Forget-Me-Nots

For Amy Lowell

We walked through garden closes
Languidly, with dragging Sunday feet,
And passed down a long pleached alley,
And could remember, as one remembers in a fairy tale,
Ladies in brocade, and lovers, and musk.
We surprised tall dahlias
That shrugged and turned scarlet faces to the breeze.

Further still we sauntered under old trees that bended with such a dignity
But hardly acknowledged our passing
Until at last—(and it was like a gift,
A treasure lifted from a dream of the past)
We came to a pond banded in lindens.

The bank curved under its crown of forget-me-nots;
They shone like blue jewels from the further shore.
And they were free! I could have had them all
To gather and to carry in my arms!
But I took only a few,
Seven blue gems,
To set in the gold of my memory. 

More by Jean Starr Untermeyer

Possession

Walk into the world,
Go into the places of trade;
Go into the smiling country—
But go, clad, wrapped closely always,
Shielded and sustained,
In the visible flame of my love.
 
Let it blaze about you—
A glowing armor for all to see;
Flashing around your head—
A tender and valiant halo.
 
I think there will be many to wonder
And many to stand in awe and envy—
But surely no one will come too close to you.
No one will dare to claim you,—
Hand or heart,—
As you pass in your shining and terrible garment.
 

Rain

I have always hated the rain,
And the gloom of grayed skies.
But now I think I must always cherish
Rain-hung leaf and the misty river;
And the friendly screen of dripping green
Where eager kisses were shyly given
And your pipe-smoke made clouds in our damp, close heaven.
 
The curious laggard passed us by,
His wet shoes soughed on the shining walk.
And that afternoon was filled with a blurred glory—
That afternoon, when we first talked as lovers.
 

Related Poems

On the Road to the Sea

We passed each other, turned and stopped for half an hour, then went our way,
           I who make other women smile did not make you--
But no man can move mountains in a day.
                  So this hard thing is yet to do.

But first I want your life:--before I die I want to see
                  The world that lies behind the strangeness of your eyes,
There is nothing gay or green there for my gathering, it may be,
                             Yet on brown fields there lies
A haunting purple bloom: is there not something in grey skies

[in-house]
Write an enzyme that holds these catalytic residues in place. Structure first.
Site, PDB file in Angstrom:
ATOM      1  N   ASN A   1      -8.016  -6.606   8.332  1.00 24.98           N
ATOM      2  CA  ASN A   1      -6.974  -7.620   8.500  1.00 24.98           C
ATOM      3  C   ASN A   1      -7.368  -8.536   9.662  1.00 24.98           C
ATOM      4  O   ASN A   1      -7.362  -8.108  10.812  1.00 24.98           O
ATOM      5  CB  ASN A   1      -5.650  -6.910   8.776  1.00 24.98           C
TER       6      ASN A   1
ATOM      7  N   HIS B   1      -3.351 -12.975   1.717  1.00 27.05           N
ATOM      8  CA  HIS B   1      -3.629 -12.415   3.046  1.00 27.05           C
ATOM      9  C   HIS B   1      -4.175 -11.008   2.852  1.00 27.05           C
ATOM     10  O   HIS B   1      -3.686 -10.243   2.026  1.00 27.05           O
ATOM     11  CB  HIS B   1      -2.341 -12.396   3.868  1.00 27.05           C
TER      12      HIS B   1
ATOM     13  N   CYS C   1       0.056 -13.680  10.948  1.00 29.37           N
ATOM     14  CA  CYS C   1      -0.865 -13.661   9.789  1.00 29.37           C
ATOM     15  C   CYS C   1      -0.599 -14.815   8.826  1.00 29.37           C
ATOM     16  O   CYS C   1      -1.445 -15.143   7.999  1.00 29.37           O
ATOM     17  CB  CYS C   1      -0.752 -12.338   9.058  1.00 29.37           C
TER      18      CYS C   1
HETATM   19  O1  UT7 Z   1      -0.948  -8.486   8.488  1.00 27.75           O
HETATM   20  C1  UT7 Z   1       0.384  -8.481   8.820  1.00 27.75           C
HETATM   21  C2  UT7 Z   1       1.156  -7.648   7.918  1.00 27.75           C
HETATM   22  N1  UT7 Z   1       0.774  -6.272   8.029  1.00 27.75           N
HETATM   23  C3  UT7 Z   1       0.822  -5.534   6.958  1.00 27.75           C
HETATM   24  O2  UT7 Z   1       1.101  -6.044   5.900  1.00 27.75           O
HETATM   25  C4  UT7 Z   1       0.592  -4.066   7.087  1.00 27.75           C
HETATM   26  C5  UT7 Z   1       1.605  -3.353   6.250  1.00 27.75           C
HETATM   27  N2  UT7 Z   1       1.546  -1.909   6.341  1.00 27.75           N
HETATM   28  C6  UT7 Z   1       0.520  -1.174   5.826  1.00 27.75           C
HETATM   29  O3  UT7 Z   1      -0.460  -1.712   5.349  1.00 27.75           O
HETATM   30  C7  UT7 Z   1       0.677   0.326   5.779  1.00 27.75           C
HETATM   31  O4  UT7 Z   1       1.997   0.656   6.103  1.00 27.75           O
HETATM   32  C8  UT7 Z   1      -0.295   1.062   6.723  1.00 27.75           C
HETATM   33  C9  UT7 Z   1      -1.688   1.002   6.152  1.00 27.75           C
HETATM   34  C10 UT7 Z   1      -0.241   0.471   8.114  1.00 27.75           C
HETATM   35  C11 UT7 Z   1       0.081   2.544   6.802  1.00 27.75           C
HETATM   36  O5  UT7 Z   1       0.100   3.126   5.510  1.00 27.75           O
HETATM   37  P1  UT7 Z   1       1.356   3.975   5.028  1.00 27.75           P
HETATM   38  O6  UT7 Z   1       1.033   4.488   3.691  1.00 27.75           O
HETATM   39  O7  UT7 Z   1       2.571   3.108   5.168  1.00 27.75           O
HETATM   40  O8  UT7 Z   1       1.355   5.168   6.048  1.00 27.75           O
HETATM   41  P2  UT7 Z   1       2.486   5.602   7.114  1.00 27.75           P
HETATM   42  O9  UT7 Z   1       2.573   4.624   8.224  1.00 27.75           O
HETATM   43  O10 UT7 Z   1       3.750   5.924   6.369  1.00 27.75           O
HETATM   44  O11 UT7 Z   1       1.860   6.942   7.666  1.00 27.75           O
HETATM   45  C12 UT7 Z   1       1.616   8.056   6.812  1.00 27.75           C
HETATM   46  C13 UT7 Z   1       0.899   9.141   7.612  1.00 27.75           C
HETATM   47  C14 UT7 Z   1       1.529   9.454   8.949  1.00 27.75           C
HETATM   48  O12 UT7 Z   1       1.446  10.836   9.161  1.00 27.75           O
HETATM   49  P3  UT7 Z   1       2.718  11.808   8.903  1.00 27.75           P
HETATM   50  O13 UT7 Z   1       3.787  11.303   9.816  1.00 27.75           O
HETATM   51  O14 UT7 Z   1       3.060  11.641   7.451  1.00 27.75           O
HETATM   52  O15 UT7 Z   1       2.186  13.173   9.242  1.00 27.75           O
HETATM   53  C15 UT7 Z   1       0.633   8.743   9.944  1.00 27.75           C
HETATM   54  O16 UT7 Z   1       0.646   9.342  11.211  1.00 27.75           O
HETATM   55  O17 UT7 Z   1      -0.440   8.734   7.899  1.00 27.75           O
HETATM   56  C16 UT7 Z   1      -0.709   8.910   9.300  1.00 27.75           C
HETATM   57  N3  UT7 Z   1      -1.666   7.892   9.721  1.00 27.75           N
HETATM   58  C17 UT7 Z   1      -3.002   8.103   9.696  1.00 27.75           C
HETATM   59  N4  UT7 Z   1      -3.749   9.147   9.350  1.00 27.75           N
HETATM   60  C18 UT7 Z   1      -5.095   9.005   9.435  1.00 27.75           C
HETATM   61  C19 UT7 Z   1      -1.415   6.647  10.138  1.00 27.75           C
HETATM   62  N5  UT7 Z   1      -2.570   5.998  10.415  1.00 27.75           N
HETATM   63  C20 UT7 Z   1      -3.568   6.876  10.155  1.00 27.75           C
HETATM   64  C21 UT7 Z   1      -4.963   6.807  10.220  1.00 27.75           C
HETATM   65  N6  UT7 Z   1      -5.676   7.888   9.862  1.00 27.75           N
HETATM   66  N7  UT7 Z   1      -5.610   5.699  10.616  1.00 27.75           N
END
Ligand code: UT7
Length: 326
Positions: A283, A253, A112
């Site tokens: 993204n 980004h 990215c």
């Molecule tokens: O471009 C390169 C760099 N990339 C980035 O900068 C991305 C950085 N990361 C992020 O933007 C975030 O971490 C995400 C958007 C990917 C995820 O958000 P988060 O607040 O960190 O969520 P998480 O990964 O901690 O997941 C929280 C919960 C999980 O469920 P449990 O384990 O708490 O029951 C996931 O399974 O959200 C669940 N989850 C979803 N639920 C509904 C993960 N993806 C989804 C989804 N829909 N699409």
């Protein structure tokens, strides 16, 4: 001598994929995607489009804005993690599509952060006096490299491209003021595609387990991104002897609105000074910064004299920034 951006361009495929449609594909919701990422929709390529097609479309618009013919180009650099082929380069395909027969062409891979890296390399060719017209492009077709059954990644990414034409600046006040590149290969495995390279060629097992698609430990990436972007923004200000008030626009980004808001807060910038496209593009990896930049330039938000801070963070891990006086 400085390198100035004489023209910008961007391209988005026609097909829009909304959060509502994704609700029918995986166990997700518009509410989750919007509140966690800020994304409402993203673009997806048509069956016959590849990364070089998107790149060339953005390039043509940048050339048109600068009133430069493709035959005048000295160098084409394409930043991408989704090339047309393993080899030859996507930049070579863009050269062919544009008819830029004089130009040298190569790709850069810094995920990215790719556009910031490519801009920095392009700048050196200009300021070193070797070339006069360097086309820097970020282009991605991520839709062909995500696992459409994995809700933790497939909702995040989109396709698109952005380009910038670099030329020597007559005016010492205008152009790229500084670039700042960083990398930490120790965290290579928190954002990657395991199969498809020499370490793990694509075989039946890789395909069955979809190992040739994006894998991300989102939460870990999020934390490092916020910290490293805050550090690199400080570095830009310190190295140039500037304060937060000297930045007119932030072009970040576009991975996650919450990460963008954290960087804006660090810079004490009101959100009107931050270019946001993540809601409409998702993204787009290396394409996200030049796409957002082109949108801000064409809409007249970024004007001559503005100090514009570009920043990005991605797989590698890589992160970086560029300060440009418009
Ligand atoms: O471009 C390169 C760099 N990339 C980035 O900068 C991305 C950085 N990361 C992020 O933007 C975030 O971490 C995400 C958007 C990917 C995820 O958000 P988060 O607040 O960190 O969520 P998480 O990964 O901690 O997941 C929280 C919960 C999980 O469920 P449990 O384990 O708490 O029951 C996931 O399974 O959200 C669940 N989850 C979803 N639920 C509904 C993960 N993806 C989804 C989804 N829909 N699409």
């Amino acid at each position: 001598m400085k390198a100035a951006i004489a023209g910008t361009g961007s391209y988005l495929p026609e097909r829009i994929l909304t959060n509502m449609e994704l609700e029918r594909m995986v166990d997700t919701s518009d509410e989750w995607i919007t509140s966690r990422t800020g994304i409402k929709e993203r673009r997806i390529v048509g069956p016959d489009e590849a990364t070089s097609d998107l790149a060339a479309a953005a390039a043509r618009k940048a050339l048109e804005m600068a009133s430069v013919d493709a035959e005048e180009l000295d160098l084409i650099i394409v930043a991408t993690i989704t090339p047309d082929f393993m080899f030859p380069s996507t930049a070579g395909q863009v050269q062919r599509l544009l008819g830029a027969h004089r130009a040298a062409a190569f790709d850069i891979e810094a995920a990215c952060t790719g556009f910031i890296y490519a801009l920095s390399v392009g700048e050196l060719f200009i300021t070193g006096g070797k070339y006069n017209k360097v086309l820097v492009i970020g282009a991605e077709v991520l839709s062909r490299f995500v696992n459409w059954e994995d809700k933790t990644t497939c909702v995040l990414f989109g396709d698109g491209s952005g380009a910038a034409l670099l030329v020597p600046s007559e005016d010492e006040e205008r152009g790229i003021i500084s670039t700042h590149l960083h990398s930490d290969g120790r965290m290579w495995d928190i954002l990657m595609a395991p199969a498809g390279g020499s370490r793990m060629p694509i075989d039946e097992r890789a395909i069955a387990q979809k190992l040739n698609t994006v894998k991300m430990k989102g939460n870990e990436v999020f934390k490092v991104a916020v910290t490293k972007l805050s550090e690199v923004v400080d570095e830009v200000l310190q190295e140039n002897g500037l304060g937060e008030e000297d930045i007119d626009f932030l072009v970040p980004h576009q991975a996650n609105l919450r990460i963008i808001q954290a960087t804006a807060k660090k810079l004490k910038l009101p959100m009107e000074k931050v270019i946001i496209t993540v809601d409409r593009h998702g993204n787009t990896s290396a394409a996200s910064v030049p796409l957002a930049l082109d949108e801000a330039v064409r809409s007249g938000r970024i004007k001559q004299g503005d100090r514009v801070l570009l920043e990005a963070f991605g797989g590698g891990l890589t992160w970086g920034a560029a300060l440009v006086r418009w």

And in grey sea?
                  I want what world there is behind your eyes,
                  I want your life and you will not give it me.

                 Now, if I look, I see you walking down the years,
                 Young, and through August fields--a face, a thought, a swinging dream
                               perched on a stile--;
                  I would have liked (so vile we are!) to have taught you tears
                   But most to have made you smile.
                 To-day is not enough or yesterday: God sees it all--
Your length on sunny lawns, the wakeful rainy nights--; tell me--;
                   (how vain to ask), but it is not a question--just a call--;
Show me then, only your notched inches climbing up the garden wall,
                     I like you best when you are small.

                                   Is this a stupid thing to say
                                  Not having spent with you one day?
                  No matter; I shall never touch your hair
                   Or hear the little tick behind your breast,
                                   And as a flying bird
                  Brushes the branches where it may not rest
                 I have brushed your hand and heard
               The child in you: I like that best
So small, so dark, so sweet; and were you also then too grave and wise?
                  Always I think. Then put your far off little hand in mine;--
                         Oh! let it rest;
I will not stare into the early world beyond the opening eyes,
                 Or vex or scare what I love best.
                  But I want your life before mine bleeds away--
                      Here--not in heavenly hereafters--soon,--
                      I want your smile this very afternoon,
                 (The last of all my vices, pleasant people used to say,
                     I wanted and I sometimes got--the Moon!)

                      You know, at dusk, the last bird's cry,
                  And round the house the flap of the bat's low flight,
                     Trees that go black against the sky
                 And then--how soon the night!

          No shadow of you on any bright road again,
And at the darkening end of this--what voice? whose kiss? As if you'd say!
It is not I who have walked with you, it will not be I who take away
                  Peace, peace, my little handful of the gleaner's grain
                 From your reaped fields at the shut of day.

                Peace! Would you not rather die
                  Reeling,--with all the cannons at your ear?
                So, at least, would I,
                   And I may not be here
                   To-night, to-morrow morning or next year.
                  Still I will let you keep your life a little while,
                      See dear?
                    I have made you smile.